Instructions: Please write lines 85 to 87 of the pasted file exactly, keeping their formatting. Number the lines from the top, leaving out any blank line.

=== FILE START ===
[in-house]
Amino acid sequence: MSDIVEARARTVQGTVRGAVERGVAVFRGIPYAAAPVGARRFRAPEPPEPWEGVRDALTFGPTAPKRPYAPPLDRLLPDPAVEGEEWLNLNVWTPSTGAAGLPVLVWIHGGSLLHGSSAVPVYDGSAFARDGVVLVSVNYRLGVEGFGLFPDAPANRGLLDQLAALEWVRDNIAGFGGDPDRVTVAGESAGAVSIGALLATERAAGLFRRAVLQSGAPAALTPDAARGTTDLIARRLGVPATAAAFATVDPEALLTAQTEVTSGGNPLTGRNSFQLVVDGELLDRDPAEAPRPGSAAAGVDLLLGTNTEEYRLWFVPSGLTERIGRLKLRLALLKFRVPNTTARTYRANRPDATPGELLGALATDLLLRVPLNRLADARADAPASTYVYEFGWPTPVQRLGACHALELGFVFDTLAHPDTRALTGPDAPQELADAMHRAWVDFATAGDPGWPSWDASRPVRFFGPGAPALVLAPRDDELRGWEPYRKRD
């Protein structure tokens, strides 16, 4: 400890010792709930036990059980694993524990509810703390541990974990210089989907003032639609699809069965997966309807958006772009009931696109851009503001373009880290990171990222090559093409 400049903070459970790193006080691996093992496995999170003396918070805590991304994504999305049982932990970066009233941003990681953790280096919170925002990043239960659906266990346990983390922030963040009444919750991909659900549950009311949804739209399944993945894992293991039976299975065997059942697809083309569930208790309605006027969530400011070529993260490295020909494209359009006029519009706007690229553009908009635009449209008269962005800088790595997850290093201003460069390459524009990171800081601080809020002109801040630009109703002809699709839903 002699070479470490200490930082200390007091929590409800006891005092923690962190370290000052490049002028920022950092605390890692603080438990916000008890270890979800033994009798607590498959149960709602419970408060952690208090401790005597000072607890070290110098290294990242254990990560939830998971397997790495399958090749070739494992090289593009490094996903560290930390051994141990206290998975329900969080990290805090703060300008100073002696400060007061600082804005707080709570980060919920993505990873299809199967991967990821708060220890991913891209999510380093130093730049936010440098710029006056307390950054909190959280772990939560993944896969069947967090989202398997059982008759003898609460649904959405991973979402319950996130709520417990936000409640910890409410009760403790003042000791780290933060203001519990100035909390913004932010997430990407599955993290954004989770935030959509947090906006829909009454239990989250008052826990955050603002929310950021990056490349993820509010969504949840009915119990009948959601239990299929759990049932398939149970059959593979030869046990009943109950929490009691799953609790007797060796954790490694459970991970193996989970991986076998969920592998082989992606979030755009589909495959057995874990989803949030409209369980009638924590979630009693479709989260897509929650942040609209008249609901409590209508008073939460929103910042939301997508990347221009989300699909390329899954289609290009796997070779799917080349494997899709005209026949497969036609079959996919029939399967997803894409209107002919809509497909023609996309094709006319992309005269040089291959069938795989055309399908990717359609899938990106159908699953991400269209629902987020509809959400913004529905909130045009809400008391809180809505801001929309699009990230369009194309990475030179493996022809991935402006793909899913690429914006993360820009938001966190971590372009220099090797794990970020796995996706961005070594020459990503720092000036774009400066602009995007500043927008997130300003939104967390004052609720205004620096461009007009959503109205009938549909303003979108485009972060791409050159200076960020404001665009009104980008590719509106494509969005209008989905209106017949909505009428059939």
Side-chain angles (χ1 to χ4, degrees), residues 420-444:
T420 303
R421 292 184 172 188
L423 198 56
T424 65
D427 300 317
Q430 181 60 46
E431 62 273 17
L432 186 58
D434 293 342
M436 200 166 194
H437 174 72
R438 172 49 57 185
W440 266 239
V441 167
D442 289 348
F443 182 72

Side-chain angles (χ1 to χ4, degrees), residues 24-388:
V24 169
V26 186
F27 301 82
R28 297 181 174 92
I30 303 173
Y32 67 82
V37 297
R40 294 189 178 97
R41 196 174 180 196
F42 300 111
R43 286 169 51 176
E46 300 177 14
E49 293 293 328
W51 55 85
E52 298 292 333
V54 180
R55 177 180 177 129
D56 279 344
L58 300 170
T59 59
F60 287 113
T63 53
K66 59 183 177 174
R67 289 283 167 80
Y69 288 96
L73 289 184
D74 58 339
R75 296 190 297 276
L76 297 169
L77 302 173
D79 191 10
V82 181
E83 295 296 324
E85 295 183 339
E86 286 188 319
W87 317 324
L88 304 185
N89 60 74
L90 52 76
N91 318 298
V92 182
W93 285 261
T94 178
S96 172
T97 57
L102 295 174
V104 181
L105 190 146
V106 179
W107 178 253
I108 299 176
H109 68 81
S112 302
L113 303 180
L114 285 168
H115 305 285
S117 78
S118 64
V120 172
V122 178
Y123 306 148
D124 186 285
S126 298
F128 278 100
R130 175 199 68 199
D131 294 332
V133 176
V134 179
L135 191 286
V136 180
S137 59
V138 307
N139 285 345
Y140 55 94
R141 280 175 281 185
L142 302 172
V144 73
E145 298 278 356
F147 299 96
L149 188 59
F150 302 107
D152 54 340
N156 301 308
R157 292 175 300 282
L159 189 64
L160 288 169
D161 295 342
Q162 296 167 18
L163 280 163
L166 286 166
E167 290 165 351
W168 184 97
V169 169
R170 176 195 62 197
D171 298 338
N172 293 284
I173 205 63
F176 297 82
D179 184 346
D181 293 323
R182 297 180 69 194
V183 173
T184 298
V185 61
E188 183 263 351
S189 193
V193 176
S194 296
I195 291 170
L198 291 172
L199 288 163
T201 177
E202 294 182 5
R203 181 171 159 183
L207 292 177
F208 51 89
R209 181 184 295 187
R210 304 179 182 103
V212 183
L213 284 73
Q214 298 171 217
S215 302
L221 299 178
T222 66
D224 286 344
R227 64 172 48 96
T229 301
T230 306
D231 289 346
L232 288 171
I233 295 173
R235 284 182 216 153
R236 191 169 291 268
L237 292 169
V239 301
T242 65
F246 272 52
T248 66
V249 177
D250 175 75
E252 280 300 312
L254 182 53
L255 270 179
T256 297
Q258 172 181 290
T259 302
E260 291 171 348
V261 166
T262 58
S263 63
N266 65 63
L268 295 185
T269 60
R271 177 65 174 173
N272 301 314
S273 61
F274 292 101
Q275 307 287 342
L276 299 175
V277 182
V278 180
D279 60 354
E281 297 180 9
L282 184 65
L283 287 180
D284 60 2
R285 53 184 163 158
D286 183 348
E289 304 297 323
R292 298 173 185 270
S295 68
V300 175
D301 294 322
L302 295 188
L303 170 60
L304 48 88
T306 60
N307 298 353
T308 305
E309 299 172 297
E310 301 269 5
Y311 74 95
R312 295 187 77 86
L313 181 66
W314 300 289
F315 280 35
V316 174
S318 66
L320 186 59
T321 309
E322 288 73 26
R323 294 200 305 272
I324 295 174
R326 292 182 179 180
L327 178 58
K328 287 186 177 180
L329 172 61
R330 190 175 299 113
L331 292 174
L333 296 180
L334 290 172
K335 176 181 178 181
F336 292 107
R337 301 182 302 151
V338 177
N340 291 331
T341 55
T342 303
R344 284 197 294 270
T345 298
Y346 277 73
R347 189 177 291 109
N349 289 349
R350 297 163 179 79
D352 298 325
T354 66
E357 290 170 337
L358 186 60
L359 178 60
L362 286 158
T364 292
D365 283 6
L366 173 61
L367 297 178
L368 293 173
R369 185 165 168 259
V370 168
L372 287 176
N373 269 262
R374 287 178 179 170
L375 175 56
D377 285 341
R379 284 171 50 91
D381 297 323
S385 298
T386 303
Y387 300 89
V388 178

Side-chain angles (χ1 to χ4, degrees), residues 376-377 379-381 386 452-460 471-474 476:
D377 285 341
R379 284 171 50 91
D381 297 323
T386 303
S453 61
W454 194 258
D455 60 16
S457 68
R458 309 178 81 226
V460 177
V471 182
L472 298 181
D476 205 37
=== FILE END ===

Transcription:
F128 278 100
R130 175 199 68 199
D131 294 332